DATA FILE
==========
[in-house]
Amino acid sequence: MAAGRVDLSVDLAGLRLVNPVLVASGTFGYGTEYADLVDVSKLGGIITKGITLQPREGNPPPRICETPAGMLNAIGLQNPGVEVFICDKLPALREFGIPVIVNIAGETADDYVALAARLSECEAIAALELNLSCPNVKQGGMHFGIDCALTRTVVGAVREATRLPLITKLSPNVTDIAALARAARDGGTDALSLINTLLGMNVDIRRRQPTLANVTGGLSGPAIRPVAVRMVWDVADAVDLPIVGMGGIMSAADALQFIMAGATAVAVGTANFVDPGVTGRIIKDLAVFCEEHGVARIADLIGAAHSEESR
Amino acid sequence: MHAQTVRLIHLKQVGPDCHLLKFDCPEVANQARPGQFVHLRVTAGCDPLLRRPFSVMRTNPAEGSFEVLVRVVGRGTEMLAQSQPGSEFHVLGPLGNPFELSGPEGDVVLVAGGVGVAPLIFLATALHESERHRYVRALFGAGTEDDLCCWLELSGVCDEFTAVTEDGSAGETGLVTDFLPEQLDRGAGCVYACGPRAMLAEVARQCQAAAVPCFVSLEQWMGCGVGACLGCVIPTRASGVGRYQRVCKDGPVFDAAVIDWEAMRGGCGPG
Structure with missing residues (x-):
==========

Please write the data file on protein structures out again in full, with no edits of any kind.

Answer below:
[in-house]
Amino acid sequence: MAAGRVDLSVDLAGLRLVNPVLVASGTFGYGTEYADLVDVSKLGGIITKGITLQPREGNPPPRICETPAGMLNAIGLQNPGVEVFICDKLPALREFGIPVIVNIAGETADDYVALAARLSECEAIAALELNLSCPNVKQGGMHFGIDCALTRTVVGAVREATRLPLITKLSPNVTDIAALARAARDGGTDALSLINTLLGMNVDIRRRQPTLANVTGGLSGPAIRPVAVRMVWDVADAVDLPIVGMGGIMSAADALQFIMAGATAVAVGTANFVDPGVTGRIIKDLAVFCEEHGVARIADLIGAAHSEESR
Amino acid sequence: MHAQTVRLIHLKQVGPDCHLLKFDCPEVANQARPGQFVHLRVTAGCDPLLRRPFSVMRTNPAEGSFEVLVRVVGRGTEMLAQSQPGSEFHVLGPLGNPFELSGPEGDVVLVAGGVGVAPLIFLATALHESERHRYVRALFGAGTEDDLCCWLELSGVCDEFTAVTEDGSAGETGLVTDFLPEQLDRGAGCVYACGPRAMLAEVARQCQAAAVPCFVSLEQWMGCGVGACLGCVIPTRASGVGRYQRVCKDGPVFDAAVIDWEAMRGGCGPG
Structure with missing residues (x-):